Moist paddy leaves farmers high and dry - Mandi Gobindgarh News

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Thursday, November 7, 2019

Moist paddy leaves farmers high and dry

Moist paddy leaves farmers high and dry

Kulwinder Sandhu
Tribune News Service
Moga, November 6

Paddy farmers in the state are caught between quality standards for procurement set by the Food Corporation of India (FCI) and state procurement agencies. Hundreds of tonnes of foodgrain are lying in grain markets across the state, while more than 15 per cent is yet to be harvested owing to change in climatic conditions resulting into high-moisture content in grains.

The procurement agencies are unwilling to purchase paddy beyond the level of 17 per cent moisture content in grains. The farmers complained that the moisture content had increased due to the sudden dip in mercury and lack of proper sunlight, which had been reduced by prevailing smog in the region.

“Nobody looks at why farmers are facing the hardships? We are suffering a decline in the paddy yield by about 15 quintals per hectare, facing hardships in purchase of the food grains by procurement agencies, distress sale in the hands private purchasers (rice millers), the ire of the state government over burning of paddy stubble and above all delay in sowing of wheat and other crops,” said Ranjit Singh, a farmer of Moga.

After talking to a cross-section of the farmers, it came to light that farmers were facing a lot of hardships during the current paddy procurement season.

At the ground level, there have been reports of distress sales made in the course of this ongoing procurement season by farmers to private dealers, particularly rice millers. Such sales are rarely registered with the mandi authorities.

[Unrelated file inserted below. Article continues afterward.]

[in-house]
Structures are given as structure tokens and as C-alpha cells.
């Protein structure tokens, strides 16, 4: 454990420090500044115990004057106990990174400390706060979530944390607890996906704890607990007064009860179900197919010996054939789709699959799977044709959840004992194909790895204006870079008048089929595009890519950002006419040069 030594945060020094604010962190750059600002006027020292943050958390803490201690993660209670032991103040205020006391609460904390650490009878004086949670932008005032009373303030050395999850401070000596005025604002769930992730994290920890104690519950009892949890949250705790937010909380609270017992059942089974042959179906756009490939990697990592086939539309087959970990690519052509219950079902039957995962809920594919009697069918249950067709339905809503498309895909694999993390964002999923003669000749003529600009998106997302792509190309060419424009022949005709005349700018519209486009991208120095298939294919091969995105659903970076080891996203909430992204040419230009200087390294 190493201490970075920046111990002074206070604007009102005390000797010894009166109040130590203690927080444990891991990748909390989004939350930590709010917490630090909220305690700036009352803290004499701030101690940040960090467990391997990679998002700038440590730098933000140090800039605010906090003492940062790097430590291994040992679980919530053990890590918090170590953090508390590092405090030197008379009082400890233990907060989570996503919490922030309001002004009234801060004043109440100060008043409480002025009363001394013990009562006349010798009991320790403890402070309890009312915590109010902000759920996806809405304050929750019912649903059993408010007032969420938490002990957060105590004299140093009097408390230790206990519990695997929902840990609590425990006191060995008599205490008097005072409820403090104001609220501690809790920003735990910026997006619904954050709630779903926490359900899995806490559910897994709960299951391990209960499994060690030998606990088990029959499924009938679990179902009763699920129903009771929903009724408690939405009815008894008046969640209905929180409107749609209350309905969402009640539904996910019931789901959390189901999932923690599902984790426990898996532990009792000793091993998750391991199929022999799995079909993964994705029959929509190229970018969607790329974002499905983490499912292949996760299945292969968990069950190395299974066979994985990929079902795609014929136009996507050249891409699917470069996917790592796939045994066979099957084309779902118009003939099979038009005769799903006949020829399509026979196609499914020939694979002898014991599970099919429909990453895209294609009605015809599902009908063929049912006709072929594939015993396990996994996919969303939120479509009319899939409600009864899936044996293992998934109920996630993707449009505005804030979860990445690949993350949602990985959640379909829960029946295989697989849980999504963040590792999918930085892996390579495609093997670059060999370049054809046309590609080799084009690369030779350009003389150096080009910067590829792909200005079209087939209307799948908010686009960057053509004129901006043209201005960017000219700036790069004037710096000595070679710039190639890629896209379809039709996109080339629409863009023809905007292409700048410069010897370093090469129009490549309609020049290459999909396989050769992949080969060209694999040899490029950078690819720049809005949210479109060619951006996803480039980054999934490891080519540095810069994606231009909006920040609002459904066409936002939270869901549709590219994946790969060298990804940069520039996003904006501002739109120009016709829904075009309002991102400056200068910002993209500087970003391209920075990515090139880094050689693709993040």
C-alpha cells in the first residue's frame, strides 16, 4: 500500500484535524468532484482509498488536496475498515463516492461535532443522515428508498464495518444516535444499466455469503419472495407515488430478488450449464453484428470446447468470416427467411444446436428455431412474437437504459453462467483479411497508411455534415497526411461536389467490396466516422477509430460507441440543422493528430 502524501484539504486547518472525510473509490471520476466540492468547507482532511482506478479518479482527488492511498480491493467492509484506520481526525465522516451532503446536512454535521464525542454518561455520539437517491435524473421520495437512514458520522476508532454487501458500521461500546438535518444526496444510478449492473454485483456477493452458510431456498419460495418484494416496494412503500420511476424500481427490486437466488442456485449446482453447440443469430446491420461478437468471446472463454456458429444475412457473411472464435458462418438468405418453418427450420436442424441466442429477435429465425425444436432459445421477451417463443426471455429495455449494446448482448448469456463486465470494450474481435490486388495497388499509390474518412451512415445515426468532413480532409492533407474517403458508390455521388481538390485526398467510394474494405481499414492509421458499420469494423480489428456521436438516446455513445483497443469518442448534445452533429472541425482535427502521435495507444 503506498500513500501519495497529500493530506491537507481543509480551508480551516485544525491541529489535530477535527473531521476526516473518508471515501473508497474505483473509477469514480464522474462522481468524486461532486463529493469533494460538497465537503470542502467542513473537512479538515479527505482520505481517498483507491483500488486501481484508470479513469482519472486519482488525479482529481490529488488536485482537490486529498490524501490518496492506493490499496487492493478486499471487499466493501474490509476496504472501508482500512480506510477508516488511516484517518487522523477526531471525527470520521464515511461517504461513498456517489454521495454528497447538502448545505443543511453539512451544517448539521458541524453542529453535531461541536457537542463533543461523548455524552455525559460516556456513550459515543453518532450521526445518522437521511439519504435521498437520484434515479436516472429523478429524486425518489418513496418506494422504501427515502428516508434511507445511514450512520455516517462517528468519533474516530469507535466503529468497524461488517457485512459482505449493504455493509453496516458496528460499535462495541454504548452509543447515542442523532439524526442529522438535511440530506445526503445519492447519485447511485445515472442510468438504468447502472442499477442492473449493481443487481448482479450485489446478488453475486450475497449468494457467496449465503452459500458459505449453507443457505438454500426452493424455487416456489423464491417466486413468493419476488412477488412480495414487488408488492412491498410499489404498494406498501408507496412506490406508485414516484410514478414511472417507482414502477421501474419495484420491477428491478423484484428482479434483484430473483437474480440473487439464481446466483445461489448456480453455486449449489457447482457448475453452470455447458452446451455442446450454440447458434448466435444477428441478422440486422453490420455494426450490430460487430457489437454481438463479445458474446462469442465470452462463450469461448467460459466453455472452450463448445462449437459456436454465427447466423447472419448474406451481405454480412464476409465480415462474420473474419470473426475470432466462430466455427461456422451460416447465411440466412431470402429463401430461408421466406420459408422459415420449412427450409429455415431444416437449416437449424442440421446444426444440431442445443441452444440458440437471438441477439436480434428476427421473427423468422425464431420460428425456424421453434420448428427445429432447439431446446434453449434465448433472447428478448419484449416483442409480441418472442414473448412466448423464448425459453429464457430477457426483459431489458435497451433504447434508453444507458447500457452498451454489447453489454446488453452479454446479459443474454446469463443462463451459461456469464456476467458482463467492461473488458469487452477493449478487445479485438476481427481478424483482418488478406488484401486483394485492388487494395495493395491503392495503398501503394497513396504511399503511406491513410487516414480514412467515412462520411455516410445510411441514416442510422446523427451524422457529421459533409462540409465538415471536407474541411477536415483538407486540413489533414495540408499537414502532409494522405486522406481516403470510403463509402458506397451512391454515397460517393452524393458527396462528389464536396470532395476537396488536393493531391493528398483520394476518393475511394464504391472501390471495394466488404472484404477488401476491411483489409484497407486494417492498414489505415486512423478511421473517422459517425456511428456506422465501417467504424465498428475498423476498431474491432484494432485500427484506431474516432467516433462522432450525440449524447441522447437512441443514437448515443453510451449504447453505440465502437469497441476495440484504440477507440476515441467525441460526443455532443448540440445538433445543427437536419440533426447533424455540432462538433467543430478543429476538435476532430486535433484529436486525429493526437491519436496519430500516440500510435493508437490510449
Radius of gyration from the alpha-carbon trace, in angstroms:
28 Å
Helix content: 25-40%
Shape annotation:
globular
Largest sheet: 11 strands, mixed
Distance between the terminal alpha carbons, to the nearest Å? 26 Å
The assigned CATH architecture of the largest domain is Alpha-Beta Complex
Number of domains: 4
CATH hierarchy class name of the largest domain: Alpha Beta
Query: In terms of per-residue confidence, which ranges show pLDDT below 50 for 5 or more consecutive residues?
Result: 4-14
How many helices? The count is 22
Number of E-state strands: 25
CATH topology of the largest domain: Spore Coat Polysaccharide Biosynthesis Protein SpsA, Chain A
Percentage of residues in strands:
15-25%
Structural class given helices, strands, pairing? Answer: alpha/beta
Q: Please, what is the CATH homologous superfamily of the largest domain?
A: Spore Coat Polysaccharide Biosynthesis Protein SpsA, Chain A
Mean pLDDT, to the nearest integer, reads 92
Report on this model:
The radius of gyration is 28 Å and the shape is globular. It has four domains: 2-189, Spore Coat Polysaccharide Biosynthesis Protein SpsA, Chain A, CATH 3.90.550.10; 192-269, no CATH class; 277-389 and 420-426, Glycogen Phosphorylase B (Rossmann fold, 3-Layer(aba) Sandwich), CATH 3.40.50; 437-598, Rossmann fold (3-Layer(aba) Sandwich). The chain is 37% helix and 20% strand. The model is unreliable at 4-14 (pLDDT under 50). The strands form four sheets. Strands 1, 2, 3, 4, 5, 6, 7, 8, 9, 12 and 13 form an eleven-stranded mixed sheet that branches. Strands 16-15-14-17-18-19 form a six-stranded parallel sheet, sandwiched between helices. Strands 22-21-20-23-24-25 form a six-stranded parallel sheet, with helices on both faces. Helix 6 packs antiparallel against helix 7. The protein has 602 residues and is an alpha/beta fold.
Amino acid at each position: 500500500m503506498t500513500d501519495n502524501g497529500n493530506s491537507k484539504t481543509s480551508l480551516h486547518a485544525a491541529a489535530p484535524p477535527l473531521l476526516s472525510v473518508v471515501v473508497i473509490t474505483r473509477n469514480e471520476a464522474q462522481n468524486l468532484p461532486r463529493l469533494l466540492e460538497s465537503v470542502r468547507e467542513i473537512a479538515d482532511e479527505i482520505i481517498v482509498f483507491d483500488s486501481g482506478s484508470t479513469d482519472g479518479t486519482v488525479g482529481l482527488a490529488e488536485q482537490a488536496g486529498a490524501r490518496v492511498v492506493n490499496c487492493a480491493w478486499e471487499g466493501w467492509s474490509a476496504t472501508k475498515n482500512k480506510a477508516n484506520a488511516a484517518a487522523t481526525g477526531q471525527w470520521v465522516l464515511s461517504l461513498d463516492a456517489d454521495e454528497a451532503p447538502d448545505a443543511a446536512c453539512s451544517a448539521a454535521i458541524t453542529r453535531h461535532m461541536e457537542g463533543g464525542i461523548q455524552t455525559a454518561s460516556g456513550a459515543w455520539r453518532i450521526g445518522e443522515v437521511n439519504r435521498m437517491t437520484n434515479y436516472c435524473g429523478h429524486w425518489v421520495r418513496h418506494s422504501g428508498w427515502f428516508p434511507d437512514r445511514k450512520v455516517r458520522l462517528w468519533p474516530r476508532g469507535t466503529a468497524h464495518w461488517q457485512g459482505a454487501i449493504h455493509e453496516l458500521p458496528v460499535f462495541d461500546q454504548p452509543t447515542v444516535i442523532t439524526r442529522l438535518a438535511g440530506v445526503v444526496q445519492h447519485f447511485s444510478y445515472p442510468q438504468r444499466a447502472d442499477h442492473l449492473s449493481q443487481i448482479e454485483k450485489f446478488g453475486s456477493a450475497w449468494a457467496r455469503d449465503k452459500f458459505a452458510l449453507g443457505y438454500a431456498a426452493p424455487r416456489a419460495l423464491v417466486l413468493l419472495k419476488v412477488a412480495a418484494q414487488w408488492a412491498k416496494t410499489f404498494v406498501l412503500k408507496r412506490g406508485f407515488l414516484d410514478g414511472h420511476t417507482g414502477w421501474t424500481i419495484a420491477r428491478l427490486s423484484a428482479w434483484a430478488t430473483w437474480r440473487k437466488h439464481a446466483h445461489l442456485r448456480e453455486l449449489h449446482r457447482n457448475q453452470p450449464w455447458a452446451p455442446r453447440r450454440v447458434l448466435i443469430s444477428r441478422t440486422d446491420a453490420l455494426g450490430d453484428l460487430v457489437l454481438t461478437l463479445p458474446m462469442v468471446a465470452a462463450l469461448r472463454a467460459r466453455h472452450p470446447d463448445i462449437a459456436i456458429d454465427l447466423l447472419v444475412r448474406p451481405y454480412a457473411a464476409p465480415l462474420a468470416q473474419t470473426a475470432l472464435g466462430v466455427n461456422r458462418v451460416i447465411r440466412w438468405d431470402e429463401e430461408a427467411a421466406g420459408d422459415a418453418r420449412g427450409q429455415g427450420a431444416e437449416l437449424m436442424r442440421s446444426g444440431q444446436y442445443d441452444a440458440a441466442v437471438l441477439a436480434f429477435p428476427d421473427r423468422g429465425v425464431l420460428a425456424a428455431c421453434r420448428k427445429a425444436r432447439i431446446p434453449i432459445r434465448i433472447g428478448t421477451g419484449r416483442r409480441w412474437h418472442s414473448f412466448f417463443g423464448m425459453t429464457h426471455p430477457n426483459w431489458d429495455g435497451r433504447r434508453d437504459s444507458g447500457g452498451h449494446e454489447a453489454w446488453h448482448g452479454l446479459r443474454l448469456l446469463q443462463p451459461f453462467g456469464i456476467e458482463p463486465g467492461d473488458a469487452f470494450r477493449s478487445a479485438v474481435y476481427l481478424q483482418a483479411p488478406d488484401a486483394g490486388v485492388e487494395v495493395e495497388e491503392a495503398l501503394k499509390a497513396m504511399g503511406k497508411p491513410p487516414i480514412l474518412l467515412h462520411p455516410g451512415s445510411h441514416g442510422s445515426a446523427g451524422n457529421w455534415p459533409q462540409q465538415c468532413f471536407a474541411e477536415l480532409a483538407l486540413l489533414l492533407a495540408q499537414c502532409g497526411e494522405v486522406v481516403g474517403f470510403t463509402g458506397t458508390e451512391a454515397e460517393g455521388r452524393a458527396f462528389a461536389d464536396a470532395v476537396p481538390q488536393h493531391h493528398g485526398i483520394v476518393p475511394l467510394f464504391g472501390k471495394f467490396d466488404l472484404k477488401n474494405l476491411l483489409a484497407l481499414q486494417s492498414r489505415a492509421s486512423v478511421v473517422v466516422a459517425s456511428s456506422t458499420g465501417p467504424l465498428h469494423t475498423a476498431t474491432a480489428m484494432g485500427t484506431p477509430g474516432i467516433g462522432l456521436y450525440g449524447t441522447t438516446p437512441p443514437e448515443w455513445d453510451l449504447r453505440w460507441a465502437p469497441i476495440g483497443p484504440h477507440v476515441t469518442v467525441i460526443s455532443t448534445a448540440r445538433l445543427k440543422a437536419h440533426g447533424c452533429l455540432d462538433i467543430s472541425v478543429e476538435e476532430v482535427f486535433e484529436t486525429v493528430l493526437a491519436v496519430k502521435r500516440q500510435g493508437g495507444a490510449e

In Moga, private dealers/rice millers are duping farmers on the pretext of high moisture content by paying lesser rates below the MSP announced by the Union Government. They are also evading market fee and rural development fund.

An arhtiya in Baghapurana town of the district purchased more than 35,000 bags of paddy without paying the market fee and RDF and transferred these foodgrains to his rice mill located on the Lande-Bhaloor road. On a tip-off, a team of Pungrain raided the rice mill and found the unaccounted stock of paddy. The rice mill was sealed for the time being and internal investigations were in progress by the procurement agency. However, no criminal case has been registered against the tax evaders.

The sudden dip in mercury by the third quarter of October increased the moisture content in grains. The FCI and state procurement agencies insisted on the strict enforcement of quality control regulations. By the end of October, the stocks of paddy were building up and the reports of distress sales began to come in from many parts of the state.

“No one seems willing to make the decisions needed to address the real problem of farmers. In larger sense, one has to understand the basic problems of farmers and frame policies accordingly, which benefit farmers as well as the nation,” said Sukhdev Singh Kokri, general secretary, BKU (Ekta).

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